Why is it so hard to find Mentors?

Have you considered obtaining a Mentor? Since the establishment of the #METOO liberation movement, more men have opted for a more grossly misogynist response to mentoring women. In certain career fields dominated by men, this can threaten the advancement of women in leadership positions.

One survey arrived at some disturbing findings: A growing number of men reported being uncomfortable or afraid to work alone with a woman and senior men have become increasingly reluctant to mentor younger women or include them in networking opportunities such as business travels or client dinners.

LeanIn.Org and SurveyMonkey partnered to understand what men and women are feeling in the wake of the widespread media reports of sexual harassment. Here’s what they learned:

  • Almost half of the male managers are uncomfortable participating in a common work activity with a woman, such as mentoring, working alone, or socializing together.
  •  The number of male managers who are uncomfortable mentoring women has more than tripled from 5% to 16%. This means that 1 in 6 male managers may now hesitate to mentor a woman.
  • Senior men are 3.5 times more likely to hesitate to have a work dinner with a junior-level woman than with a junior-level man—and 5 times more likely to hesitate to travel for work with a junior-level woman.

Some can only factor one possible conclusion of this survey which is that men are afraid of being falsely accused and will not mentor women.

On the flip side, there is also a growing number of men who are afraid of asking a female to mentor them. Some men may think that it is embarrassing to ask for guidance from a woman in a senior leadership position for fear of being teased by their male counterparts or to appear inferior.

How can we fix this?

There needs to be a mutual understanding that Men and Women have different communication styles.

Let’s face it, men and women communicate differently. Psychology Today notes that while women speak around 250 words a minute on average, men clock in around half of that, at 125. This doesn’t mean that women and men need to change the way that they communicate but just have an understanding that, in most cases, men and women will perceive a conversation differently. Its good practice to conclude each discussion with simple open-ended questions just to confirm that everyone understands the next course of action. Sometimes having them repeat the next steps as they understand it is a great way to hash out any misconceptions or misunderstandings at the forefront.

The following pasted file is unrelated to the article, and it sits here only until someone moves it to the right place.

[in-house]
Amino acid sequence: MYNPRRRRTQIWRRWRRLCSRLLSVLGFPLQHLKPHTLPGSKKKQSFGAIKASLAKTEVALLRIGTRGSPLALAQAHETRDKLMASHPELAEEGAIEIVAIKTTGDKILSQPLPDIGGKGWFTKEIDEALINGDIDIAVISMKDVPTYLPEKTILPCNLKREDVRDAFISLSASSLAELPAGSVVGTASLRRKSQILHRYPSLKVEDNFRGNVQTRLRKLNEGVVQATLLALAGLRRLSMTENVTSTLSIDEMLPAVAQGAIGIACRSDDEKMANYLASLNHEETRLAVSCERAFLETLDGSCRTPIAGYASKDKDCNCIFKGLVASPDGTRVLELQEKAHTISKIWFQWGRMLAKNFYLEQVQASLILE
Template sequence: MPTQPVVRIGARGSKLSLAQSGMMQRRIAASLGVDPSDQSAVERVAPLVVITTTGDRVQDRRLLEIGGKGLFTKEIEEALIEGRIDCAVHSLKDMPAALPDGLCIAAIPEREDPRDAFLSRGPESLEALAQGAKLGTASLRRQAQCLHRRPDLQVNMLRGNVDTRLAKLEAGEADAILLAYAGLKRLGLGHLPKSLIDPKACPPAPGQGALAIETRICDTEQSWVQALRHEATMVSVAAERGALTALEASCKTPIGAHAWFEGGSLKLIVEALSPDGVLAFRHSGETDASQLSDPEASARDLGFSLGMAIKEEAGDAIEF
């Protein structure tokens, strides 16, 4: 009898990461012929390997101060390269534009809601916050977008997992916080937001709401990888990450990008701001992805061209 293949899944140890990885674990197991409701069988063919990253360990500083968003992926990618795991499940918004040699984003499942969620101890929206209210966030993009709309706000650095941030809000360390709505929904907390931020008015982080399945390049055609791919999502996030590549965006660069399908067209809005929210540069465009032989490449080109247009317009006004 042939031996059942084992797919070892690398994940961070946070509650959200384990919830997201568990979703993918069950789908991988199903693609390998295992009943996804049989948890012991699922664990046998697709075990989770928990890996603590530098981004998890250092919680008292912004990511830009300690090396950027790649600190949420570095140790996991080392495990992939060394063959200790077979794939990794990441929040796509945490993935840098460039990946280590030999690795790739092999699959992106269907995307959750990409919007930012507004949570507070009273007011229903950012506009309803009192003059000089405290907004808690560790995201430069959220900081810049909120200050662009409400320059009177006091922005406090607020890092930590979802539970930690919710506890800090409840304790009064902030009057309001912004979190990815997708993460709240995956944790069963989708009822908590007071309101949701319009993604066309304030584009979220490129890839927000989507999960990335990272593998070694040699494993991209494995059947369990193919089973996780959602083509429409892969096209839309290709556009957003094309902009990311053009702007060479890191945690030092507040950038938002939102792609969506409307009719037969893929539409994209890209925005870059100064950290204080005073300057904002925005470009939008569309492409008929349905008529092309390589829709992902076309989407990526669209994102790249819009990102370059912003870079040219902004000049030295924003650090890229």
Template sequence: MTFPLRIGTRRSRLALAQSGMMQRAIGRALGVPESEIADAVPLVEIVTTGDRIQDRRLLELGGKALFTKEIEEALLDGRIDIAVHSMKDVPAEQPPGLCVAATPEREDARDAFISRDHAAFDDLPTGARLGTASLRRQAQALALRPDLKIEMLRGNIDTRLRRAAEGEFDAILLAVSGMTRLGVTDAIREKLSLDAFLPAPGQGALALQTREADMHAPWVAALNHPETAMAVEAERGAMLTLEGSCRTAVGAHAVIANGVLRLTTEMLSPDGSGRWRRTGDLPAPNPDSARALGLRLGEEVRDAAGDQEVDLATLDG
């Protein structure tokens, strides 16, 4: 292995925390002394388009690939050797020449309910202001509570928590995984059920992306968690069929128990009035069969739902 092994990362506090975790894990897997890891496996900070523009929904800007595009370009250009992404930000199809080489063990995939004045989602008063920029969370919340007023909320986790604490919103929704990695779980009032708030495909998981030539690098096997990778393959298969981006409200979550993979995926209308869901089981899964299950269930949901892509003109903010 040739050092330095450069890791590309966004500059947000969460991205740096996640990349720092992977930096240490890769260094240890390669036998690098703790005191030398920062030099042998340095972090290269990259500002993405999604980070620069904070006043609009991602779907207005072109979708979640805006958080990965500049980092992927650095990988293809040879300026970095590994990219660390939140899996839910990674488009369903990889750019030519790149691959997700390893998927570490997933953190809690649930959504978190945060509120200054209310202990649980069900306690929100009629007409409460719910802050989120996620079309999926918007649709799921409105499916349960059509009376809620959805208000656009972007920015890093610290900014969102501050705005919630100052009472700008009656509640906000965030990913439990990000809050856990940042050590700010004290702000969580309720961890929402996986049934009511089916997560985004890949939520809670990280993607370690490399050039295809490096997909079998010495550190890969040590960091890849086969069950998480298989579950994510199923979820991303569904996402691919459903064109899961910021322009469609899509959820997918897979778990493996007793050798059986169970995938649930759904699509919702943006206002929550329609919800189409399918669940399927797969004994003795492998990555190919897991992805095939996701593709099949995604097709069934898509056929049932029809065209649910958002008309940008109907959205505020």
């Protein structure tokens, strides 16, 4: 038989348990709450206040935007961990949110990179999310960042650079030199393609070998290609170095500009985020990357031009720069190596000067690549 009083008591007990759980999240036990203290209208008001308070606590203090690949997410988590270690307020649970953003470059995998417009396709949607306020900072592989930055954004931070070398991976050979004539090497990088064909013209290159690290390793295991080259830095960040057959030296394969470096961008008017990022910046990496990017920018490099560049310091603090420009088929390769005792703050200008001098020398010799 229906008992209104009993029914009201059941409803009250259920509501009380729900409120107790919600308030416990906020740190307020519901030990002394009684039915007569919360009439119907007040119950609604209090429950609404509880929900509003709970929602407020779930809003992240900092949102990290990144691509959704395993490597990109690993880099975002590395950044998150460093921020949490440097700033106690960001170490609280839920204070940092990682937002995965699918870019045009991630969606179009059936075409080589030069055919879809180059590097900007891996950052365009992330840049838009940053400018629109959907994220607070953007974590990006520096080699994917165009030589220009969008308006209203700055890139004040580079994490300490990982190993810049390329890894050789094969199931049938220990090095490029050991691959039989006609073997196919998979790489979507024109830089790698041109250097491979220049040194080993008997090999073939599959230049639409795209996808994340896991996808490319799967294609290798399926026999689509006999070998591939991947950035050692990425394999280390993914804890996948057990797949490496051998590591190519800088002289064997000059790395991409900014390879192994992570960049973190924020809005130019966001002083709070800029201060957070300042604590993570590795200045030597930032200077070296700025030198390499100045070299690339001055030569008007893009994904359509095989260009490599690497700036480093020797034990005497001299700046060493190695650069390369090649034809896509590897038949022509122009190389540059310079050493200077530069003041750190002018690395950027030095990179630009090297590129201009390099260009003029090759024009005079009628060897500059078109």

Men can become more astute at recognizing non-verbal signals.

Non-verbal signals abound in the workplace. Women tend to go silent when they are talked over, interrupted, or criticized. For example, if in a meeting, a man and a woman are talking, and that woman suddenly gets quiet, the man may find themselves questioning their next move? He should pivot and start re-engaging her by asking questions and listening more. Or, if he’s in a meeting and his female colleague is interrupted, he can speak up, restate the point she was making and ask her to say more on the topic. Women also need to speak up and let their voices be heard and not be overpowered or undervalued.

Men and Women need to become more direct and specific while leaving all innuendoes at the door.

Be direct and straight forward to the point in the beginning by saying what you mean and not dance around a topic. Women sometimes have a fear of being called “out of their name” or being treated differently than their male counterparts if they speak up and are direct. In my opinion, men tend to hear better if the information is delivered without innuendoes, soft-peddling, and excessive non-verbal side-stepping.


Don’t be afraid to look for a Mentor or seek guidance outside of your organization.

Aside from the #METOO movement, many successful people can be afraid or intimidated to mentor their peers. This type of anxiety can originate from many different reasons and might make the mentoring sessions a bit one-sided and uncomfortable. If you are looking for a mentor, no matter where they are located, interview them, and find out if they will have your best interests in mind. Remember a good mentor is someone that is genuinely interested in your professional growth and development.

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Cynthia Lee

Master Certified Life Coach | Certified Confidence Coach | Mother | Daughter | Sister | Friend | Speaker | Podcast Host | Superwoman

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